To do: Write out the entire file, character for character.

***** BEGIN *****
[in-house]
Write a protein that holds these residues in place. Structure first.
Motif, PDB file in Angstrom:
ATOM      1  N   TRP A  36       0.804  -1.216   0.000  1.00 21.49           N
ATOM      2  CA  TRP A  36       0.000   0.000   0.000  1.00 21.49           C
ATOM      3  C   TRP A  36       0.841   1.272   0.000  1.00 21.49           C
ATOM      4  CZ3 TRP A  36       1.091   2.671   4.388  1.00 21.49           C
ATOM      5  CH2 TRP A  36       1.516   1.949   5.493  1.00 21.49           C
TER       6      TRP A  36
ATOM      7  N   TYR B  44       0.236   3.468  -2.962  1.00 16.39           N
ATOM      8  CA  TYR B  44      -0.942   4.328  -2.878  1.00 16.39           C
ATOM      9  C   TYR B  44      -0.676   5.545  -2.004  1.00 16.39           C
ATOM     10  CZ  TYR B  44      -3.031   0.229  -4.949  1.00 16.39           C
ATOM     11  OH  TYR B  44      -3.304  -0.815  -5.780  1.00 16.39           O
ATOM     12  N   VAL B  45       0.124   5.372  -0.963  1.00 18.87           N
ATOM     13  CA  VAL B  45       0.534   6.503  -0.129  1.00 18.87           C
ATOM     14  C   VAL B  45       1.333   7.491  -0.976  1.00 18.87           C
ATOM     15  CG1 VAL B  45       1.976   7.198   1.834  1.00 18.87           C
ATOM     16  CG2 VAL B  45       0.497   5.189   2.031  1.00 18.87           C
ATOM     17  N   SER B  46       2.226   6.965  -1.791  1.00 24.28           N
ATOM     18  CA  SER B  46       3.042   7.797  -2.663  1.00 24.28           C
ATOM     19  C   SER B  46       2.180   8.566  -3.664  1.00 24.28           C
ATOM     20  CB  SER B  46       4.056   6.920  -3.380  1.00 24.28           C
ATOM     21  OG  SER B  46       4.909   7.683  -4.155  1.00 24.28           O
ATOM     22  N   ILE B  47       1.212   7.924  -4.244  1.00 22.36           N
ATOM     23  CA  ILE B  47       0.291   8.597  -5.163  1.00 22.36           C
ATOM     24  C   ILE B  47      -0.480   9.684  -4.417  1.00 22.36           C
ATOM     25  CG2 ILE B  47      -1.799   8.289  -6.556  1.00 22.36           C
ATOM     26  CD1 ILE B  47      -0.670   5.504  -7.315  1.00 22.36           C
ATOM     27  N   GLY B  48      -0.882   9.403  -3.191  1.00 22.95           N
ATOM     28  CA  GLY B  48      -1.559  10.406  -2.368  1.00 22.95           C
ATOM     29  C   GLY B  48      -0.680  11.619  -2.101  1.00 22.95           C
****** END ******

[in-house]
Write a protein that holds these residues in place. Structure first.
Motif, PDB file in Angstrom:
ATOM      1  N   TRP A  36       0.804  -1.216   0.000  1.00 21.49           N
ATOM      2  CA  TRP A  36       0.000   0.000   0.000  1.00 21.49           C
ATOM      3  C   TRP A  36       0.841   1.272   0.000  1.00 21.49           C
ATOM      4  CZ3 TRP A  36       1.091   2.671   4.388  1.00 21.49           C
ATOM      5  CH2 TRP A  36       1.516   1.949   5.493  1.00 21.49           C
TER       6      TRP A  36
ATOM      7  N   TYR B  44       0.236   3.468  -2.962  1.00 16.39           N
ATOM      8  CA  TYR B  44      -0.942   4.328  -2.878  1.00 16.39           C
ATOM      9  C   TYR B  44      -0.676   5.545  -2.004  1.00 16.39           C
ATOM     10  CZ  TYR B  44      -3.031   0.229  -4.949  1.00 16.39           C
ATOM     11  OH  TYR B  44      -3.304  -0.815  -5.780  1.00 16.39           O
ATOM     12  N   VAL B  45       0.124   5.372  -0.963  1.00 18.87           N
ATOM     13  CA  VAL B  45       0.534   6.503  -0.129  1.00 18.87           C
ATOM     14  C   VAL B  45       1.333   7.491  -0.976  1.00 18.87           C
ATOM     15  CG1 VAL B  45       1.976   7.198   1.834  1.00 18.87           C
ATOM     16  CG2 VAL B  45       0.497   5.189   2.031  1.00 18.87           C
ATOM     17  N   SER B  46       2.226   6.965  -1.791  1.00 24.28           N
ATOM     18  CA  SER B  46       3.042   7.797  -2.663  1.00 24.28           C
ATOM     19  C   SER B  46       2.180   8.566  -3.664  1.00 24.28           C
ATOM     20  CB  SER B  46       4.056   6.920  -3.380  1.00 24.28           C
ATOM     21  OG  SER B  46       4.909   7.683  -4.155  1.00 24.28           O
ATOM     22  N   ILE B  47       1.212   7.924  -4.244  1.00 22.36           N
ATOM     23  CA  ILE B  47       0.291   8.597  -5.163  1.00 22.36           C
ATOM     24  C   ILE B  47      -0.480   9.684  -4.417  1.00 22.36           C
ATOM     25  CG2 ILE B  47      -1.799   8.289  -6.556  1.00 22.36           C
ATOM     26  CD1 ILE B  47      -0.670   5.504  -7.315  1.00 22.36           C
ATOM     27  N   GLY B  48      -0.882   9.403  -3.191  1.00 22.95           N
ATOM     28  CA  GLY B  48      -1.559  10.406  -2.368  1.00 22.95           C
ATOM     29  C   GLY B  48      -0.680  11.619  -2.101  1.00 22.95           C